What is Roller Derby?

SAJRD plays Canadian flat track roller derby according to the latest rules and regulations from the Women’s Flat Track Derby Association (WFTDA). A complete list of official rules may be downloaded from the WFTDA web site.

Summary

The objectives of roller derby are simple – with each team fielding one (point scoring) skater – a Jammer – whose objective is to lap as many opposing skaters (Blockers) as they can.

The non-scoring skaters (4 Blockers per team) work both defensively and offensively to prevent the opposing Jammer from passing them and to clear a path for their own Jammer.

Roller derby requires tremendous teamwork, communication and strategy.

Basic Gameplay

  • Each team fields five players at a time (4 Blockers and 1 point-scoring Jammer).
  • The Jammer wears a STAR on their helmet, while the Blocker wearing a STRIPE on their helmet acts as the Pivot. The acting Pivot is commonly the pack leader and defensive play caller, similar to football’s middle linebacker position.
  • The 4 Blockers from each team line up together to form a Pack between designated “Pivot and Jammer Lines” marked on the track, while the 2 Jammers line up behind the Jammer Line.
  • Play begins at the whistle – with each two-minute play called a JAM. Games are typically an hour long, with two 30-minute halves consisting of an unlimited number of jams. Teams may freely substitute players between jams (except for those players serving penalties).
  • The Jammers do not earn points on the first lap, but the first jammer to legally pass each blocker on the opposing team and clear the pack is called LEAD JAMMER (You can tell if a skater is the Lead Jammer by looking at their designated Jammer Ref – who will point to the Jammer while holding their other hand up in the shape of an L. The Lead Jammer reserves the right to strategically end the jam before the two minutes are completed by repeatedly gesturing with both hands on their hips. If both Jammers commit fouls on their first lap, there is no Lead Jammer and the jam will run for the full 2 minutes. Jammers may lose Lead Jammer status if they are sent to the penalty box during the jam.
  • After a Jammer completes their initial lap, 1 point is scored for each opposing skater they pass (with Jammers automatically scoring points against opposing skaters serving in the penalty box).

Penalties

  • A penalty consists of 30 seconds of jam time, served immediately so long as a seat is available in the box.
  • Referees gesture skaters to the box with a swooping motion of one finger to direct the skater off the track. Note that the ref squad internally divides areas of responsibility, with different referees responsible for monitoring the front of the pack, the rear of the pack, scoring for each team, etc.
  • A Jammer in the box is released immediately if the other Jammer also lands in the box.

The following are examples of common roller derby infractions:

  • Blocking with forearms, hands or elbows
  • Tripping, kicking, or blocking with feet or legs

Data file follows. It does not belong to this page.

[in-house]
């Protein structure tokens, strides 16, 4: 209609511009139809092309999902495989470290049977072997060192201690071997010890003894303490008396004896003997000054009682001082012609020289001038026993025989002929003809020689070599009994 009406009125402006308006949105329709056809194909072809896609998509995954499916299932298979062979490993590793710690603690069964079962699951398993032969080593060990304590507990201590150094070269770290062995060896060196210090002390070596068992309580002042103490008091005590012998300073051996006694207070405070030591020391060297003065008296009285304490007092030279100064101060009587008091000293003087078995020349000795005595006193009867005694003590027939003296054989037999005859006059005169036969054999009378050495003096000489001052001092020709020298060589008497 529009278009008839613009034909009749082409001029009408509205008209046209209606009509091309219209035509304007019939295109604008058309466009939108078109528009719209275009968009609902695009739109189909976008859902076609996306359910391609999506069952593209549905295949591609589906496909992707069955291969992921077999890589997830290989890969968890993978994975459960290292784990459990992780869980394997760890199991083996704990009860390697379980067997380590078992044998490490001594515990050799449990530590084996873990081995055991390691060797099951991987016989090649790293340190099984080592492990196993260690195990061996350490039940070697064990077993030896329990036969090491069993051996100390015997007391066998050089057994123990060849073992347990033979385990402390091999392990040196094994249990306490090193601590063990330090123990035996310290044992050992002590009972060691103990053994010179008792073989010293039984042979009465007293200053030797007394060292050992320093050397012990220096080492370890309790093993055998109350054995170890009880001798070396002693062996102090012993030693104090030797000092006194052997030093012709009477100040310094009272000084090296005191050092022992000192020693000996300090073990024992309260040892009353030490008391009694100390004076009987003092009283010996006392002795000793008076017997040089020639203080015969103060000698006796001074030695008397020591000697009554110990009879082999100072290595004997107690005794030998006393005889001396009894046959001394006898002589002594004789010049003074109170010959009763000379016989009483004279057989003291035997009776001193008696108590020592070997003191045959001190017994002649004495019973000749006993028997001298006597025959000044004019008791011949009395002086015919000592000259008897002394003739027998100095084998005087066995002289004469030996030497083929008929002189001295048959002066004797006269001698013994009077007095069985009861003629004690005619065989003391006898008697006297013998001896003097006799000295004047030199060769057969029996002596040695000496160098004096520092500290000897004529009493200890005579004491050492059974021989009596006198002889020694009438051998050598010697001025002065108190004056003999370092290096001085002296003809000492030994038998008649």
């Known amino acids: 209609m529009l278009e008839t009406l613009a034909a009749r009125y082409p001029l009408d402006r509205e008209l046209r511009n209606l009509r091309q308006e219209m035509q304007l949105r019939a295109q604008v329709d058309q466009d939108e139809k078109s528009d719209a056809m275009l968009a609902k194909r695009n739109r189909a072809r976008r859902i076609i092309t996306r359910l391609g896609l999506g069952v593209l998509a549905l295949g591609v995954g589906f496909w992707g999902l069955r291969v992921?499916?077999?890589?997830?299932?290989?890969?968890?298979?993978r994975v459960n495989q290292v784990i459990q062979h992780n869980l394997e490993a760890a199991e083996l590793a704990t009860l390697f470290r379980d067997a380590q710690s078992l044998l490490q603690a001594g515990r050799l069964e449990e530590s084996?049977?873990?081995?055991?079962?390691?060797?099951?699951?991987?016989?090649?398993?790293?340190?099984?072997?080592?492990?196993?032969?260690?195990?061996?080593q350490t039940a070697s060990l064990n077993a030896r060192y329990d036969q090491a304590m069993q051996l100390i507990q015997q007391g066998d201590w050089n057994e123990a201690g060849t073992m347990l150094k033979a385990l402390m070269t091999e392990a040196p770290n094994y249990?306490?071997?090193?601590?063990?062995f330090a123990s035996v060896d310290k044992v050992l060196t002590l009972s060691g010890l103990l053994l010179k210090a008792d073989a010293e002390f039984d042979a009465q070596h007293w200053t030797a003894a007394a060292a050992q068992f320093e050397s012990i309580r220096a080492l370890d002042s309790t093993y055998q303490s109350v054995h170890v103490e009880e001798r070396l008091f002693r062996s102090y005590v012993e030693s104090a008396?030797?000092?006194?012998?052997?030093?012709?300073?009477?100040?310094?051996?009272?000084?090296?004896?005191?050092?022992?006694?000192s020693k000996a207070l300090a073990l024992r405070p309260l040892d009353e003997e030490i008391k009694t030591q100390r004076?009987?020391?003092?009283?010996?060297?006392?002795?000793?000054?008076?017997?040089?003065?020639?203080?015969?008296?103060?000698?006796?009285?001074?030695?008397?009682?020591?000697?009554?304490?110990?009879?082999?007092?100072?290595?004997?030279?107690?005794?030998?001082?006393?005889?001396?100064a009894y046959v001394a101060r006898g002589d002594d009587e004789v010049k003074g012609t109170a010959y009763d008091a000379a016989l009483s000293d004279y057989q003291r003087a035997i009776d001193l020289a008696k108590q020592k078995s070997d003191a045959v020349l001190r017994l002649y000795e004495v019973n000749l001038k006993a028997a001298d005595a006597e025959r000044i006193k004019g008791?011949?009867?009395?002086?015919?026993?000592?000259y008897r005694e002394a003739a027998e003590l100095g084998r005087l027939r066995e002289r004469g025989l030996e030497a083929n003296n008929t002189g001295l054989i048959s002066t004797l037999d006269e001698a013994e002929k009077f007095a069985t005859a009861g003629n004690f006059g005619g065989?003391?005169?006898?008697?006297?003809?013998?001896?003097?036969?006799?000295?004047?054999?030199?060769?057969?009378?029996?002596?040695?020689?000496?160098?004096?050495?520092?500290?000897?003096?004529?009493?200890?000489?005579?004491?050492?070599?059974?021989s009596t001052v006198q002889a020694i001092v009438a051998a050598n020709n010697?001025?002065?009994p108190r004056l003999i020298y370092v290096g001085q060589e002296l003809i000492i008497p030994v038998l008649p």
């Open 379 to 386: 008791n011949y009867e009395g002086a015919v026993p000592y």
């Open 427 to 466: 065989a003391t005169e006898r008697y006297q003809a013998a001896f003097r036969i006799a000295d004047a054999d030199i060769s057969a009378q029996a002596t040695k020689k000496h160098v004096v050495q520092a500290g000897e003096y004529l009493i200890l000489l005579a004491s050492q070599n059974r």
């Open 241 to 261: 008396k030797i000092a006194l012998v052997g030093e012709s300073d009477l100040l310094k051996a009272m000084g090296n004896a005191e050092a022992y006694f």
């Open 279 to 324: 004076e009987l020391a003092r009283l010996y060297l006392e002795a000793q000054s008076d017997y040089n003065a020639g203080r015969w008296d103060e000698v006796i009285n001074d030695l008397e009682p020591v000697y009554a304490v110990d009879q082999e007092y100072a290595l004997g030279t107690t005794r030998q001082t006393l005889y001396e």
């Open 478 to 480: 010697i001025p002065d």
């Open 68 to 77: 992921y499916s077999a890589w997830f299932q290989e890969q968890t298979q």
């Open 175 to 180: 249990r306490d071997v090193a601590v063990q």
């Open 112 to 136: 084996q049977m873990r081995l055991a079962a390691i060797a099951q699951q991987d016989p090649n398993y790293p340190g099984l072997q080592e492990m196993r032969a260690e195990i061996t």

• Blocking while 20 feet ahead of or behind the pack (“out of play”)
  • Intentionally destroying the pack, such as by taking a knee or leaving the track in a way which renders the remaining players ineligible to block
  • Blocking a skater in her back or head
  • Blocking while out of bounds, or blocking a skater who is out of bounds
  • Skating out of bounds to get around other skaters (“cutting the track”)
  • Illegal procedures: false starts, too many skaters on the track

 

Game Play and Skills Assessment

There are four levels of practice and play within JRDA, each with a separate set of required skills and a separate skills assessment.

Learn To Skate (Ages 6-17)

Beginning skaters are learning to skate and practice basic safety, skating, stopping, and falling. They do not play derby, but rather focus on learning basic skating skills and the very basics of derby.

Skill Level I – Cowabunga (Ages 6-10)

Level I skaters are becoming masters of their skates, are learning basic game play and teamwork, and are beginning to scrimmage and bout positionally. They are beginning to learn more advanced rules and strategies.

Skill Level II – Udder Annihilation (Ages 9-16)

Level II skaters are playing using pushing contact only in scrimmages and bouts. They are also learning advanced teamwork, rules and regulations, and strategic play. Practices emphasize fluidity of motion and building skeletal muscular strength and endurance.  Our League requires skaters to be age 9 or above and be able to meet JRDA Level II benchmarking requirements.

Skill Level III – LegenDairy Rollers (Ages 12-17)

Skaters who pass the JRDA Level III benchmarking requirements, demonstrate adult-level competency on skates and with the rules of roller derby. Level III skaters practice, scrimmage and bout using full-contact rules. In addition, Level III skaters are expected to help teach lower-level skaters and to be ambassadors for the league.

Each skills assessment consists of two parts: a physical demonstration of skating ability, and a written rules test. Skaters must be assessed prior to their first interleague competition, and re-assessments must be done at least annually thereafter. As a Junior Roller Derby Association (JRDA) sanctioned league, SAJRD must maintain signed records of successful testing of their rostered skaters and be able to provide these records to the JRDA upon request.

The appropriate rules test will be administered to each skater individually. Skaters will not have access to notes or any rules document rules documents during the exam. The minimum required score to pass each rules test is 80%.

For more information, please visit www.juniorrollerderby.org